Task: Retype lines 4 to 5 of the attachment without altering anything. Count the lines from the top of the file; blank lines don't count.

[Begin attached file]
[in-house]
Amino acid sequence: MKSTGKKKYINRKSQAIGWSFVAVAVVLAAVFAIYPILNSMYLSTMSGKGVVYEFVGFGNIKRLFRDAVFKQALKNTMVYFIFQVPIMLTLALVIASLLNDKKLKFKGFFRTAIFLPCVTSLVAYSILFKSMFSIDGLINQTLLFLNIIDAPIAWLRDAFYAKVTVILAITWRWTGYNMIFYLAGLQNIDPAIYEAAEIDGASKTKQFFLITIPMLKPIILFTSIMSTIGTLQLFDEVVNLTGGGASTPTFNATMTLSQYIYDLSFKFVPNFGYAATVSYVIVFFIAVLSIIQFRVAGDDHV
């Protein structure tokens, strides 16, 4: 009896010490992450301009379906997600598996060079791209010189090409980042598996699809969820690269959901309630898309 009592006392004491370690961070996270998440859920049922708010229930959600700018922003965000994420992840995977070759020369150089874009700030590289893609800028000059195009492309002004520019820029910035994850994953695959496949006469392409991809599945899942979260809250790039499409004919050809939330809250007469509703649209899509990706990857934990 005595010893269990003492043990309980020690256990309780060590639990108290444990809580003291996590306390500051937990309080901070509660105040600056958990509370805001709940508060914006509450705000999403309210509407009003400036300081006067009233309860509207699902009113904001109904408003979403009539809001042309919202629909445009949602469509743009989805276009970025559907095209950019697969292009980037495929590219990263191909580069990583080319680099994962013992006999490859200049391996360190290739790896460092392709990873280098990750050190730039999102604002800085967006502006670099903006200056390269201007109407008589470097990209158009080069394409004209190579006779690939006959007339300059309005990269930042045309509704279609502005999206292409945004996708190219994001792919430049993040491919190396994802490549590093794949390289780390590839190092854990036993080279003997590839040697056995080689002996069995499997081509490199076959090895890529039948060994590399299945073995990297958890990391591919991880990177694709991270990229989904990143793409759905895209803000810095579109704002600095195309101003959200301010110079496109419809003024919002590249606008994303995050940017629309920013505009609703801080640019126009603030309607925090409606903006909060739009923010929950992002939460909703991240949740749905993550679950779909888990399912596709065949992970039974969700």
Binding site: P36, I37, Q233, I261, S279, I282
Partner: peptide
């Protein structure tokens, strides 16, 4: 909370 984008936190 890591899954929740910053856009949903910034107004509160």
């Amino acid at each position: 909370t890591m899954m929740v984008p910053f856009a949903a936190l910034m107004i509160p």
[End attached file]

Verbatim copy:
Binding site: P36, I37, Q233, I261, S279, I282
Partner: peptide